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How to build rapport in museum and gallery programmes


What is rapport, why is it important and how can we build it in our museum and gallery programmes? Read or listen to this article.

I recently wrote an article for the Journal of Museum Education inspired by the coaching training I did in 2022. The course I took covered a wide range of important coaching topics and we explored various approaches, practitioners, and models. During the course, we got to coach others, be coached ourselves, and watch coaching in action. We also got feedback from tutors and classmates. 

Going through this process helped me grow personally and professionally. It made me think deeply about how I work as a museum educator, facilitator, and trainer. I learned so much more about my own style and what guides it. 

In ‘ Fostering a coaching mindset: applying coaching competencies to enhance museum educator practice and visitor experience‘ I’m not exploring how museum educators can benefit from receiving coaching or from becoming coaches themselves.

Instead, my article focuses on how museum educators can benefit from using coaching skills to enhance their teaching and improve the visitor experience. Because when you train to become a coach, it’s really not just about collecting a whole new skillset. Coach training really helps you to understand yourself and this self-awareness helps you to grow.

I explored how five key coaching competencies, coupled with a coaching mindset, can empower us as museum educators, improve our teaching methods, and enhance overall visitor experience. 

One of the competencies I talked about in this article is building rapport

Rapport is something that I bring up frequently in my facilitation workshops. And I frequently get asked “What is rapport?” or “What do you mean by ‘rapport’?

Rapport is quite a subtle or nuanced concept. It’s also not something that comes up  in everyday conversation. 

People often intuitively sense when there’s a strong rapport in a situation or, equally, when it’s lacking. However, they may struggle to pinpoint exactly how it came about. 

When rapport is present, people feel at ease, comfortable and connected with others. When rapport has been established, a flow in conversation and interaction is more likely to occur. This is when there’s a seamless and effortless exchange of ideas, where participants are fully immersed and engaged in the interaction.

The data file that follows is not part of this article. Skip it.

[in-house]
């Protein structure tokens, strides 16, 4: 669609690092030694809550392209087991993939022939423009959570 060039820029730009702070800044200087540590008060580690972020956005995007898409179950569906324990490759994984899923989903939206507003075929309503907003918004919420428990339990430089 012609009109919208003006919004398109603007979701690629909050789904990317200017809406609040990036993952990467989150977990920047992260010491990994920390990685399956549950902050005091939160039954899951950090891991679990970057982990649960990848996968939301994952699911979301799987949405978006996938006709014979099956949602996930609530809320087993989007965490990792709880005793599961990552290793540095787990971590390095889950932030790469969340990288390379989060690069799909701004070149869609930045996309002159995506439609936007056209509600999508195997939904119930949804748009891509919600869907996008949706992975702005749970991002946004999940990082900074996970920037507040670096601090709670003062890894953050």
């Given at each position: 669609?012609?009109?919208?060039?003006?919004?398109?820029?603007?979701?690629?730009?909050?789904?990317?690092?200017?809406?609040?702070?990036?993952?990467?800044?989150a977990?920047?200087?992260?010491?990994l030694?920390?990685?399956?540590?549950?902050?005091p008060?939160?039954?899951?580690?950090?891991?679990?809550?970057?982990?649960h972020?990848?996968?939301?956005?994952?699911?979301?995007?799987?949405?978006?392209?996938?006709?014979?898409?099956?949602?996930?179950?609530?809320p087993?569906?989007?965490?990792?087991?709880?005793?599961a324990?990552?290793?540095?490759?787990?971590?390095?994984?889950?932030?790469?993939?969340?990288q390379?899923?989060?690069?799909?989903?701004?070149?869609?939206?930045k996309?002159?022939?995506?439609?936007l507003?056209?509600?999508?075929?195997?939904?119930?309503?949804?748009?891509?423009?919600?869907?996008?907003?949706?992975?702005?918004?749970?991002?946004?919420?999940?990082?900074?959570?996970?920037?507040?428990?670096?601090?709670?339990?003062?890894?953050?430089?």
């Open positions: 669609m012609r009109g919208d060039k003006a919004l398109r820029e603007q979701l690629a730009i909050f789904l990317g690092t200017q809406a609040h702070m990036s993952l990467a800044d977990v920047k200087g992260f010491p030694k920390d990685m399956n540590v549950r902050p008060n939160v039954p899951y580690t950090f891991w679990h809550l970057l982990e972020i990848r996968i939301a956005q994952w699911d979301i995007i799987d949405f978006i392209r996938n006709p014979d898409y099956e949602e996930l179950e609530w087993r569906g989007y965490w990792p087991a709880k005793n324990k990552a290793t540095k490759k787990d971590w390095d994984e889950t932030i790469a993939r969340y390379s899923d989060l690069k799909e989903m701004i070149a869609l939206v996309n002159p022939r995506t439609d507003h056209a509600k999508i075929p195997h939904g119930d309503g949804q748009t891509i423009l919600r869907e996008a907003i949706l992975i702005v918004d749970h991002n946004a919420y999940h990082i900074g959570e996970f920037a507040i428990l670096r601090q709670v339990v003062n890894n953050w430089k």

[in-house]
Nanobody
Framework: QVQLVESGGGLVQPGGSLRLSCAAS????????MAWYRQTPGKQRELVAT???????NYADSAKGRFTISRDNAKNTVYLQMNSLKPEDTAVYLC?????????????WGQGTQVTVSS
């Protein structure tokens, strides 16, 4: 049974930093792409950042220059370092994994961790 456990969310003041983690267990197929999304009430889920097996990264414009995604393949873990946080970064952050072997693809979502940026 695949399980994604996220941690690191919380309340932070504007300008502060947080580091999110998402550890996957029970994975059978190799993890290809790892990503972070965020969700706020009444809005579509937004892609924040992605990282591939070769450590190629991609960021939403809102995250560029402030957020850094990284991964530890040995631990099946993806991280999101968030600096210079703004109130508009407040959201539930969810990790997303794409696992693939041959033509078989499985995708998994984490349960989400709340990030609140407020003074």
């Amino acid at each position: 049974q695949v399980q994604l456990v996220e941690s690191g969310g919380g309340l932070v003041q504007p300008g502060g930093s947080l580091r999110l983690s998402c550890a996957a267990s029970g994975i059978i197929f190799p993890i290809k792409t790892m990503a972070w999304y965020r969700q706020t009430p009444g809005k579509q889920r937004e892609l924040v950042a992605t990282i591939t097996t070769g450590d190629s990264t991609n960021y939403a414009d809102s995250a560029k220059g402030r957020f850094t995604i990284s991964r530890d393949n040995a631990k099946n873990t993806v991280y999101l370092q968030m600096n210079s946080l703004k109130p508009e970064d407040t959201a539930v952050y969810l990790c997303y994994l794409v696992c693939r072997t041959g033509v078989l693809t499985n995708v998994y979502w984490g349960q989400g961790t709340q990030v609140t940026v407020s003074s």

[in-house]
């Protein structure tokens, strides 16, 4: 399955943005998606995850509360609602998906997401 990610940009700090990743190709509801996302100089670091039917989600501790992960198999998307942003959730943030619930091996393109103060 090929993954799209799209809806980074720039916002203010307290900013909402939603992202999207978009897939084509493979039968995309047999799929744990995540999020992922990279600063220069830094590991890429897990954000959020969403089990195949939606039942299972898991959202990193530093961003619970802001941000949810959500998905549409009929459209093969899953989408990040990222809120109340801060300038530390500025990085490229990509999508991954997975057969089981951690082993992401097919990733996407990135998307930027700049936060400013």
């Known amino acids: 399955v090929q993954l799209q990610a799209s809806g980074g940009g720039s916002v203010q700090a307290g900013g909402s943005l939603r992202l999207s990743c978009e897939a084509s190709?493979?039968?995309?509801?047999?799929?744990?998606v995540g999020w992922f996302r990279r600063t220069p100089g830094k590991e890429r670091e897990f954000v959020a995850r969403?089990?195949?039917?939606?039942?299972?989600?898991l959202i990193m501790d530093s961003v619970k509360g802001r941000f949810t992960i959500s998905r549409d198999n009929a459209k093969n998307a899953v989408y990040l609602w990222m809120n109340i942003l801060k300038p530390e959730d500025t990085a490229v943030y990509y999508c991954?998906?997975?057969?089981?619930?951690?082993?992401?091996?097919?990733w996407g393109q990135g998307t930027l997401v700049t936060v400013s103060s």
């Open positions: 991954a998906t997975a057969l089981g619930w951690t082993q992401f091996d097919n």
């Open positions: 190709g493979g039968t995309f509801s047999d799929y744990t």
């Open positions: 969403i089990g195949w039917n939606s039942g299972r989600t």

When rapport is absent, interactions feel strained and disconnected, with participants exhibiting more guarded behaviour. Communication may be superficial, and nonverbal cues often signal discomfort or disinterest, The atmosphere might feel stilted and one that hinders genuine connection and engagement.

What is rapport?

From various definitions: Rapport refers to a friendly, close, sympathetic, harmonious, relationship; especially a relationship characterised by agreement, mutual understanding, or empathy that makes communication possible or easy. 

People or groups that have a good rapport are “in sync” with each other, understand each other’s feelings or ideas, and communicate smoothly.

Essentially, rapport refers to a good relationship where there’s mutual understanding, trust, and connection between people. 

Why is it important?

Rapport is important because it creates positive relationships, makes communication easier, and helps people work together better.

Rapport has been shown to be beneficial in many areas like psychotherapy, medicine, teaching and education. This positive relationship helps people work together better and form what is often called a “working alliance.” Rapport matters in all sorts of activities because it makes the whole experience better for everyone involved.

Rapport is super important for museum educators because it helps to create a welcoming and engaging environment. When we establish rapport with visitors, we can build trust, understanding, and connection, it makes it easier to communicate effectively and facilitate meaningful learning experiences. 

When participants have a positive rapport with the museum educator or facilitator on their programme, they are more likely to feel comfortable asking questions, sharing their thoughts, and engaging with the objects, ideas and themes in the museum. When participants feel rapport in the group, they are more likely to participate. 

So, building strong relationships and rapport among participants is incredibly important for making your programmes not only successful but also memorable

When participants feel valued, understood, and supported by both the facilitator and their peers, they are more likely to form positive memories associated with the experience.

When we focus on rapport, we make visitors or the participants in our programmes the main priority, creating an environment that revolves around their needs, interests, and experiences.It means we prioritise CONNECTION over CONTENT, placing the emphasis on establishing meaningful relationships and fostering a sense of belonging with participants, rather than solely focusing on the information or knowledge we are sharing.